My eyes were closed for most of that one, white knuckles
clinging desperately to the safety rope beside my hips.
"Always lean in, not out," Cole had said. "That way, if you
fall you fall inside the boat." His good advice was well
taken by Judi, who did lose her grip on the grade 8 rapid but
fell forward into the water-filled bottom of the boat rather
than the river and emerged laughing with relief.
The 20km-long rapids section of the river trip passed in a
flash. There was little time between rapids to take in the
canyon itself; we were flat out hanging on and surviving, it
But the adrenaline rush was only part of the experience. This
is the Grand Canyon, described as the world's most
spectacular example of the power of erosion - a chasm 443km
long (measured by river course), up to 29km wide and 1.6km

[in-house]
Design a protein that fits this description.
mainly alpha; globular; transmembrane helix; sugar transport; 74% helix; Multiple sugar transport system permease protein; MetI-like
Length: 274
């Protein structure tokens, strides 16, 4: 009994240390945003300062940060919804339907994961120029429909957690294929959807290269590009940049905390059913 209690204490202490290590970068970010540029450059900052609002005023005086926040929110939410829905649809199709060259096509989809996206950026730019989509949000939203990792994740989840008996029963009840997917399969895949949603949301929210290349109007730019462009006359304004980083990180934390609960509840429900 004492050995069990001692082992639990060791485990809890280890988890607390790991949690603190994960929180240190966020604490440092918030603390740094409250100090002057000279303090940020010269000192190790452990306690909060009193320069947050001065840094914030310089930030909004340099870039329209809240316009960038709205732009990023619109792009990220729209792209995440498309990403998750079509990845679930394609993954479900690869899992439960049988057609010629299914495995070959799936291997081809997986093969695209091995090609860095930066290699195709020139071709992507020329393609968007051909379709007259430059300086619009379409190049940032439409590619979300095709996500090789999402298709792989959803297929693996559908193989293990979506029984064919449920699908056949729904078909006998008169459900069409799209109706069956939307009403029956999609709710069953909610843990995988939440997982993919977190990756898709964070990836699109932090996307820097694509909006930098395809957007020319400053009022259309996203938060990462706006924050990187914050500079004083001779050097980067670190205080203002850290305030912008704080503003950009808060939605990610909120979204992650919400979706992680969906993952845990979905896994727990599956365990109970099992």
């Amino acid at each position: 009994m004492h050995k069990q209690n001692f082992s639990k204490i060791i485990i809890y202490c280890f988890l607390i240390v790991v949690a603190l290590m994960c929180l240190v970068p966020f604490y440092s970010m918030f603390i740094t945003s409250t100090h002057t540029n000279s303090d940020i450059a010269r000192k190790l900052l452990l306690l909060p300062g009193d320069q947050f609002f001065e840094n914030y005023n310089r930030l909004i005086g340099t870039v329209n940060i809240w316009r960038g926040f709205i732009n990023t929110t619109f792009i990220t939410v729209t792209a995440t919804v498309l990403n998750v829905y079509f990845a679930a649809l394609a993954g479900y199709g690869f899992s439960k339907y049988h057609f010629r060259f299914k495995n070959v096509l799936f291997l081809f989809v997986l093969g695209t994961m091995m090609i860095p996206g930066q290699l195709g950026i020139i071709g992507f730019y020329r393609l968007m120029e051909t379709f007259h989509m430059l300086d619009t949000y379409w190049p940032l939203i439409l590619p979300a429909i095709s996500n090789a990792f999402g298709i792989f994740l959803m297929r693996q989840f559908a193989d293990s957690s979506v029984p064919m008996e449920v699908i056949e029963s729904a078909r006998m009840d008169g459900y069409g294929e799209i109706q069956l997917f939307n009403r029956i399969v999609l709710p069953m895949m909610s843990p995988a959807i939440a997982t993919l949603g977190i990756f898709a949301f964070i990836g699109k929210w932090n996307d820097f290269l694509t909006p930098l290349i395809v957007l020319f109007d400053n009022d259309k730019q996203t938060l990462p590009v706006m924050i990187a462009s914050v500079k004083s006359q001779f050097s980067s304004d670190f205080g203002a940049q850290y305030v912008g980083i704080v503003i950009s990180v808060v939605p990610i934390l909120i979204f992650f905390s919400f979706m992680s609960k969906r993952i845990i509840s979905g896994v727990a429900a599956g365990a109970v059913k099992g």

deep that has taken between three and six million years to
form, and is still being formed.
The powerful forces of the rushing river, of rain, snow,
heat, frost and wind, go on sculpting and melding the
fantastic shapes of precipitous bluffs and towering
After the rapids, on the 45km flat section of our five-hour
river ride, we drift leisurely along and look up from the
river - straight up, almost, a mile to the top.
There's wall after sheer wall, buttress after buttress,
cliff, canyon, arroyo, gulch; colours too, browns, golds,
red, white; curves and contours.
Above it all, a narrow band in the distance, is the clear
cobalt-blue Arizona sky. We and our fellow passengers,
Americans all, are simply awed.
A New York husband and wife, plus 12-year-old son, on their
first visit outside their state, are so proud of their
country they're almost crying.